|Subject:||June 9 2001 Newcastle Pelagic|
|From:||richard baxter <>|
|Date:||Sun, 17 Jun 2001 18:16:57 -0700 (PDT)|
Newcastle N.S.W Pelagic Trip Report ? 6 June 2001.
Depart Swansea 7am
Sunny all day
Stong Westerly wind making wind chill uncomfortable
Swell ? negligible
Reached 62km offshore.
Water temp 20C+
Those on board:
Richard Baxter, Phil Hansbro, Al Gillies, Jim Smart, Keith Laverick, Robert Quninan, Graeme O?Conner, Michael Todd, Peter Chegwiggen, George Oaks, Leone Beadly and Ray Everett.
An unremarkable pelagic trip with the highlights being cetacean rathing than birding. In the days leading up to the trip Newcastle had experienced several southerly cold changes through the area, which looked like producing some winter birds, but this was not to be. The morning dawned sunny, but with strong westerly winds which flatened the ocean and made for a smooth fast trip out to beyond the shelf. The water temperature was over 20C at the shelf and it soon became clear that all the summer birds had already departed north. Unfortunately none of the winter birds had arrived from down south, as yet.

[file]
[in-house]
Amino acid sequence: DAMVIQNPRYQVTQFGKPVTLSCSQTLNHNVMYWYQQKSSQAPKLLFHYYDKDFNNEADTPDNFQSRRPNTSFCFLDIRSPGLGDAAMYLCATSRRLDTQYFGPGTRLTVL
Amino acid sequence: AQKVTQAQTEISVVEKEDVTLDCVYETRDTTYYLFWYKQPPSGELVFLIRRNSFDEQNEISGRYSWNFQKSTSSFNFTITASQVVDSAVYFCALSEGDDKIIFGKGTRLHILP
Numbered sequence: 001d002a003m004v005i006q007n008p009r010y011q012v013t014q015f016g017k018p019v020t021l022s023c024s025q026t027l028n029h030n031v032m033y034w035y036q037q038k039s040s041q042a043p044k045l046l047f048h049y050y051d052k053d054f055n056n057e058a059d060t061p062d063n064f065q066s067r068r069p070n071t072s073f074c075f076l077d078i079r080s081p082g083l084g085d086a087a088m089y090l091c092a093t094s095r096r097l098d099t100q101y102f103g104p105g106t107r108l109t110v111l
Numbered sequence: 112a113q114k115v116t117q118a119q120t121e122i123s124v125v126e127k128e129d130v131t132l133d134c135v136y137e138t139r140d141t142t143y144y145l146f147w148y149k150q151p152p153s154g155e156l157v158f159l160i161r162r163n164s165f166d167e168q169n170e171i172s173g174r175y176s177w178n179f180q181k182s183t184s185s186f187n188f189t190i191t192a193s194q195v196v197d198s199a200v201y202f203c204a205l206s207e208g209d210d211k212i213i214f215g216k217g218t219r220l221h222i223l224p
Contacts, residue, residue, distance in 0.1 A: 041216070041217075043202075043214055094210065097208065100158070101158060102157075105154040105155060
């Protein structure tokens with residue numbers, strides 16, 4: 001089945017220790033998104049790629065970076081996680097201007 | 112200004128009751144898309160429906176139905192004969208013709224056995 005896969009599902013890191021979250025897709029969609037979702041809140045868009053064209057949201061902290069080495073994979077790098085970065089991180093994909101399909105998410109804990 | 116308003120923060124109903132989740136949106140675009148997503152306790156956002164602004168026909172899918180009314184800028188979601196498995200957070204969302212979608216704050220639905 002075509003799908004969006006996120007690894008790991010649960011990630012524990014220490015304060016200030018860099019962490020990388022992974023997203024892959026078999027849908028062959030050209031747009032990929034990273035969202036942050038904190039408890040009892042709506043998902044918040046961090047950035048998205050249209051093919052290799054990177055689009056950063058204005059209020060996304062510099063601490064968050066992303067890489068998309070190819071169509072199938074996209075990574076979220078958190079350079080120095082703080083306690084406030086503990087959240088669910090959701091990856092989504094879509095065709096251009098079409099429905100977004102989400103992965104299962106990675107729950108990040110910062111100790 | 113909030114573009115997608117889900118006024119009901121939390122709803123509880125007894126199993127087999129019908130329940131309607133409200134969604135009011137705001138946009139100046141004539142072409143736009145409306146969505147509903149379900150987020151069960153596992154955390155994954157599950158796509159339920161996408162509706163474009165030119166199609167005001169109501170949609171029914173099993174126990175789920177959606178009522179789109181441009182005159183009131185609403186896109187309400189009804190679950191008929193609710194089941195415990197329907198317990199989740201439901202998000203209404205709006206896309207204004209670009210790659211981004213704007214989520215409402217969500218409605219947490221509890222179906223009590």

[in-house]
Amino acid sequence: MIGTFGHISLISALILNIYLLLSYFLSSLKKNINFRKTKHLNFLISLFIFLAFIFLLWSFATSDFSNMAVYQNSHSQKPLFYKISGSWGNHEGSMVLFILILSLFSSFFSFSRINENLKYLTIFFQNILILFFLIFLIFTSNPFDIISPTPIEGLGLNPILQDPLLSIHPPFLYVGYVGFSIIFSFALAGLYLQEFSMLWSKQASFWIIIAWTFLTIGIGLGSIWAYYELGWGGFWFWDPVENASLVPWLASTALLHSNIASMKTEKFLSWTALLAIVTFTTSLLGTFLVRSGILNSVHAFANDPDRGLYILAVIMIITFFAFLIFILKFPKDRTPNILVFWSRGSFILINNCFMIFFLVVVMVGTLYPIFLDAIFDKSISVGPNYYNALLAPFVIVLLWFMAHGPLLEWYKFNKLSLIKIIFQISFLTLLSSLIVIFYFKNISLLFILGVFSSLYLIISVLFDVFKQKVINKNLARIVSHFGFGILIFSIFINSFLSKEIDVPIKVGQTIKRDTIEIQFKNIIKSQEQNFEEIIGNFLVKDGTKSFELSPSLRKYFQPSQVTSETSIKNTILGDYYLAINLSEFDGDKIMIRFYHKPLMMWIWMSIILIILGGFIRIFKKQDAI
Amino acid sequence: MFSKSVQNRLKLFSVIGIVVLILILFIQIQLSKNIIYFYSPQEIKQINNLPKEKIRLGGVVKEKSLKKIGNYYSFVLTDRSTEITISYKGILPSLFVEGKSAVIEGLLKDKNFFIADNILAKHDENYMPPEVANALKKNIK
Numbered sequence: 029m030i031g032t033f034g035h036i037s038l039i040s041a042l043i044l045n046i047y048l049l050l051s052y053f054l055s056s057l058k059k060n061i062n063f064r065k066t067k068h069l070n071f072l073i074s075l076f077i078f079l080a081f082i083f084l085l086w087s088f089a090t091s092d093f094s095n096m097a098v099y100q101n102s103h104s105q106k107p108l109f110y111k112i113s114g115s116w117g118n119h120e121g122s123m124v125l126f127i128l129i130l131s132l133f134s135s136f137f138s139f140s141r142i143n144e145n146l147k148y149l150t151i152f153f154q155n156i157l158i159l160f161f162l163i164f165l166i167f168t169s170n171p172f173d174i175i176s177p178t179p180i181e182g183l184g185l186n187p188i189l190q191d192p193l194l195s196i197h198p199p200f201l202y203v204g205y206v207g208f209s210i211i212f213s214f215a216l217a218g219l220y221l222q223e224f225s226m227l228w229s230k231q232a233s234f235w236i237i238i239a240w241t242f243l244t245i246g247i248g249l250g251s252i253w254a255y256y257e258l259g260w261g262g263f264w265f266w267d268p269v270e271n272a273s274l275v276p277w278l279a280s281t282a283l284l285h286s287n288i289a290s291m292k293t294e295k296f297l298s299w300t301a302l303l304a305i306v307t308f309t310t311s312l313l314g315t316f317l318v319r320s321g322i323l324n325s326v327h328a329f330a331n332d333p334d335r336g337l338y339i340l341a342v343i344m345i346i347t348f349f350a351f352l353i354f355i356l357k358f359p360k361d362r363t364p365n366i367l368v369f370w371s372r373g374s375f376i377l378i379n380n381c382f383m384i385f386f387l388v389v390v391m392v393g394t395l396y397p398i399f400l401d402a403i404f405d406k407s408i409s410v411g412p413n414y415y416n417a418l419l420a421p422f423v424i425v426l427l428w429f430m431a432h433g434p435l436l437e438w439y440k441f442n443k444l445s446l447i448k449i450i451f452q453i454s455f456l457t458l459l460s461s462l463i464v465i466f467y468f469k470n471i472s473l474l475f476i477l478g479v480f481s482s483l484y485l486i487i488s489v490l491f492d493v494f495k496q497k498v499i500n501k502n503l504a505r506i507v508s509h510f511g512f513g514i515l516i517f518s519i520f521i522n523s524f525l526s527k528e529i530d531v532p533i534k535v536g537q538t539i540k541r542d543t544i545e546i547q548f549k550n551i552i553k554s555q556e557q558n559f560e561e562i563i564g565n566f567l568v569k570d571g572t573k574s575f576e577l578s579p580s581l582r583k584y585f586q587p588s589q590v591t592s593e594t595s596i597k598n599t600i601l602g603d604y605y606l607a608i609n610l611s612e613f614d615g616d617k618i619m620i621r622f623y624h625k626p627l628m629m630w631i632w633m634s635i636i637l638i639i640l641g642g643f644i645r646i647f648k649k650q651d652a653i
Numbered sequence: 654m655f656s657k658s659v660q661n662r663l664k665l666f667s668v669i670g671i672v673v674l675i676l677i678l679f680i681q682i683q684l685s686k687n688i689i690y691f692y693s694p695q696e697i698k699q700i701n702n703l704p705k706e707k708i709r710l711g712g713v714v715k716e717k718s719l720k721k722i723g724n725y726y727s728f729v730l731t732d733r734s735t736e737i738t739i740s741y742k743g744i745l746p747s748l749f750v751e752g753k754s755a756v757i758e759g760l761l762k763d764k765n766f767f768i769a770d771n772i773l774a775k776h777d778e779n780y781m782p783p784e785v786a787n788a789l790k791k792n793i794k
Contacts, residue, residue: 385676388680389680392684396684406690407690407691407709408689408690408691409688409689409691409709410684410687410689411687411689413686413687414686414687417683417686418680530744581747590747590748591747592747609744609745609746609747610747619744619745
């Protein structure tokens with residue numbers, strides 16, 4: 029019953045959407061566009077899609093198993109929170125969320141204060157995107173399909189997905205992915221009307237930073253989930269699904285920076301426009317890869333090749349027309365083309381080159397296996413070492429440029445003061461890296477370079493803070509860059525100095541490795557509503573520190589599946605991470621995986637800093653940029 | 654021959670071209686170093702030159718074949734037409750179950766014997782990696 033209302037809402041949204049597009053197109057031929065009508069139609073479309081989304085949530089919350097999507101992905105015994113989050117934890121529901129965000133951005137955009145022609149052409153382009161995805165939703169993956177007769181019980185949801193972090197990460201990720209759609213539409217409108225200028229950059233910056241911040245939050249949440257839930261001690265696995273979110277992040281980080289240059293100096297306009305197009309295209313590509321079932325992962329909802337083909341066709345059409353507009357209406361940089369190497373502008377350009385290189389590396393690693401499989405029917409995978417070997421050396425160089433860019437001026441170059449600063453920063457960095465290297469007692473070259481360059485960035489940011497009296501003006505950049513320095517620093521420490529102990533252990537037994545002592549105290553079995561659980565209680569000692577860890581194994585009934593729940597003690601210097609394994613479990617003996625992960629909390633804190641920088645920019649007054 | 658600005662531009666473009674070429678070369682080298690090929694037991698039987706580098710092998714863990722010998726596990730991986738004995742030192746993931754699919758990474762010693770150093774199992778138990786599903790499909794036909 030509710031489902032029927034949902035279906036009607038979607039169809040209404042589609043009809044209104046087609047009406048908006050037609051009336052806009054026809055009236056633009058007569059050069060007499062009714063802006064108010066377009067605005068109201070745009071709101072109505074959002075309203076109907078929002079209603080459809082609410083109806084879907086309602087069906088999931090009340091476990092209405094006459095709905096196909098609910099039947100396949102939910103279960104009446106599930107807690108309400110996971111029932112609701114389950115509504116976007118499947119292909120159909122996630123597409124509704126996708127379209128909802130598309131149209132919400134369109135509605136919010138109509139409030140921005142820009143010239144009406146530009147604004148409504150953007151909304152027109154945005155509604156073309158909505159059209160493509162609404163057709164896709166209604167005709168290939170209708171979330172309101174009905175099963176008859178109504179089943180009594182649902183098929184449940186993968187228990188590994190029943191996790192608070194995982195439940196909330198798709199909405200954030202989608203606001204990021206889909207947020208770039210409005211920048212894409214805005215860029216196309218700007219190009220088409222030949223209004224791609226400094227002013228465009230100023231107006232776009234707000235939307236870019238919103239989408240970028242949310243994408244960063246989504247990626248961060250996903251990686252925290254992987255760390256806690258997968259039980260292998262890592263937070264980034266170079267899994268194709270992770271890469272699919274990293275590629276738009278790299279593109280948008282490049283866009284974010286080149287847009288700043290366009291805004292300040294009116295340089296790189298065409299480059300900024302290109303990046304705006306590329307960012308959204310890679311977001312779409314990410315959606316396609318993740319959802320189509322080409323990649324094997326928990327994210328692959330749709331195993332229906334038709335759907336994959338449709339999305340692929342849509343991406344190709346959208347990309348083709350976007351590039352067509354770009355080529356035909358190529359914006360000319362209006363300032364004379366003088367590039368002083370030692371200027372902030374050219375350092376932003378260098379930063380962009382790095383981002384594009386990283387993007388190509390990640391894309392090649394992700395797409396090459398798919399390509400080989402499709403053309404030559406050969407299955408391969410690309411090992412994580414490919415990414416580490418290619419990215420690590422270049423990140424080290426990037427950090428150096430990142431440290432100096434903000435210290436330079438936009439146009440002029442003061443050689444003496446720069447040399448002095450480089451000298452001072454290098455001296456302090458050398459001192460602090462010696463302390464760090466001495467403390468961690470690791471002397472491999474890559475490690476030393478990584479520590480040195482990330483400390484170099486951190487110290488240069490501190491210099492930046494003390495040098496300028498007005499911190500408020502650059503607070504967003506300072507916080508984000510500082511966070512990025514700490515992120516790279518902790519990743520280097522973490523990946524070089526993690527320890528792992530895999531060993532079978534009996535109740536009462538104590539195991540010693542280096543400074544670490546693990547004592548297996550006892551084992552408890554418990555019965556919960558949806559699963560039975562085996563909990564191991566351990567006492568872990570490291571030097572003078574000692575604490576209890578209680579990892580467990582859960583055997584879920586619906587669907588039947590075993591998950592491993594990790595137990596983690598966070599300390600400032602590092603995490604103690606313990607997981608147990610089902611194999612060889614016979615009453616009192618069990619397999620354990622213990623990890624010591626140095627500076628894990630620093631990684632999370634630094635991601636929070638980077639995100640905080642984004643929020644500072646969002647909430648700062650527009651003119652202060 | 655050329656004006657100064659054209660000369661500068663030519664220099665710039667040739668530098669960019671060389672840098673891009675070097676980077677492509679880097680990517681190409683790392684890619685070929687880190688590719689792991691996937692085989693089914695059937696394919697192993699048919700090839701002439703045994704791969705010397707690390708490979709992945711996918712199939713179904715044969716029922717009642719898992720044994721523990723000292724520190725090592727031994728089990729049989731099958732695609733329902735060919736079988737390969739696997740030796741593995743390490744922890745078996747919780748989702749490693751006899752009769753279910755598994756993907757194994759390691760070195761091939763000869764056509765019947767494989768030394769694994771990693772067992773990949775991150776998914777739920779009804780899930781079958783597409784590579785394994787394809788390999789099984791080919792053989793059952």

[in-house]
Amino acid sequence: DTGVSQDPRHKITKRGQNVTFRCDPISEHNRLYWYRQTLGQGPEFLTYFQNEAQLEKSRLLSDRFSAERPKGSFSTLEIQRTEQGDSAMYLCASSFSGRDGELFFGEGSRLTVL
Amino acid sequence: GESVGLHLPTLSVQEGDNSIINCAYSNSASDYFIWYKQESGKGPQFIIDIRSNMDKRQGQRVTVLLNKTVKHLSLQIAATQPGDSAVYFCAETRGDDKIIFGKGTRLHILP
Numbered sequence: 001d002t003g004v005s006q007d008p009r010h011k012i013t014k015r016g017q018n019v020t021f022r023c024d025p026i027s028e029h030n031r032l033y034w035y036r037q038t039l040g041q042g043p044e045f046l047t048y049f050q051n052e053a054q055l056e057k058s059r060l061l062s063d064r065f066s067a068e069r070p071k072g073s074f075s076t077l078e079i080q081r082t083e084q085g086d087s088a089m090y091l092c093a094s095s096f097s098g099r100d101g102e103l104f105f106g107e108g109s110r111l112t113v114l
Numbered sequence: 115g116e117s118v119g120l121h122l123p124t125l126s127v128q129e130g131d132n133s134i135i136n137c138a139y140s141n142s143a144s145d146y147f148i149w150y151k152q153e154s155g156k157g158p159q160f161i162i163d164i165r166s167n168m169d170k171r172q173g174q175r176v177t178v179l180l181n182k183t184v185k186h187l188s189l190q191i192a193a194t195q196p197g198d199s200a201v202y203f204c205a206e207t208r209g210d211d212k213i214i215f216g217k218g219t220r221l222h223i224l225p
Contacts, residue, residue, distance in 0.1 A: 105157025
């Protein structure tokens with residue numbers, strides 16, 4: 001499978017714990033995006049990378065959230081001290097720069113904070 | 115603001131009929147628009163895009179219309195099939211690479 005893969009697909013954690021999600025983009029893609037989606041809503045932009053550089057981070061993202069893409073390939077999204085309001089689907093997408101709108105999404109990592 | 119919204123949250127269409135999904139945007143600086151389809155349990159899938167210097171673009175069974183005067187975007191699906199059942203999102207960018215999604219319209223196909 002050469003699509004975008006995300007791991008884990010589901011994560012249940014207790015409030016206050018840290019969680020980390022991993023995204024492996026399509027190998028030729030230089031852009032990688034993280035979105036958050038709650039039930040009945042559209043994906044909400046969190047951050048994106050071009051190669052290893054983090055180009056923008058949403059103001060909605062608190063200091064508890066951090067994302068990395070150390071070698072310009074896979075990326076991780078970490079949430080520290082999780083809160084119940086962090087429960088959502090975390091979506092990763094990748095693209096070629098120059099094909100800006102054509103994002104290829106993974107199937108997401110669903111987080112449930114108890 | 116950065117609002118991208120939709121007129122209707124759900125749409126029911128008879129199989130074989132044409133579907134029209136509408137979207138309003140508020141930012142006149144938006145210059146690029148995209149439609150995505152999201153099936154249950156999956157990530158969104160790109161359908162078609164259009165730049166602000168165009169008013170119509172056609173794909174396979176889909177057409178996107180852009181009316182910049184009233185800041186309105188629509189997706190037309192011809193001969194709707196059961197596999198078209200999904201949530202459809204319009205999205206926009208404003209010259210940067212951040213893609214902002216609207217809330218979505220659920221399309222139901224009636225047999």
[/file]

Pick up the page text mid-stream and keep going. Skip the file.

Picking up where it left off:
After leaving the Swansea Channel it became obvious that all the Wedge-tailed and Short-tailed Shearwaters had departed north and the highlight was a pod of Dolphins which followed us out. About 5km offshore we saw two Humpback Whales travelling in a northerly direction and right on cue one of them jumped out of the water, breaching in front of us. It looked like the entire whale cleared the water and everyone on board had excellent views. We watched the whales for while before continuing our journey east. It was at about 20km offshore we saw our first Black-browed Albatross.
We continued to the shelf and beyond and only saw several Crested Terns on the way. Upon arriving at the 62km mark we began to chum and soon had several Providence Petrels around the boat. We spent about 2hrs at this location and recorded about 100 Providence Petrels as we were blown several kilometres east with the strong winds. With no other birds present this gave all on board an excellent opportunity to brush up on their Providence Petrel identification. Just prior to departing for home a lone Wilson?s Storm Petrel flew past the boat and was quickly lost sight of.
The journey home proved equally uneventful, with the sighting of a single Black-browed Albatross in roughly the same spot as the one we saw on the way out. This was probably the same bird and it looked just as bored as we did with no other birds about. It is interesting to note that we did not see a single Shearwater of any type all day.
Note: Numbers in parenthesis indicates highest number at any one time.
-088 Black-browed Albatross 2 (1)
-971 Providence Petrel 100+ (100+)
-063 Wilson?s Storm Petrel 1 (1)
-115 Crested Tern 30 (25)
-104 Australian Gannet 12 (6)
-125 Silver Gull 20 (15)
-106 Australasian Pelican 5 (3)
1 x Pod of Bottle-nosed Dolphins
2 Humpback Whales
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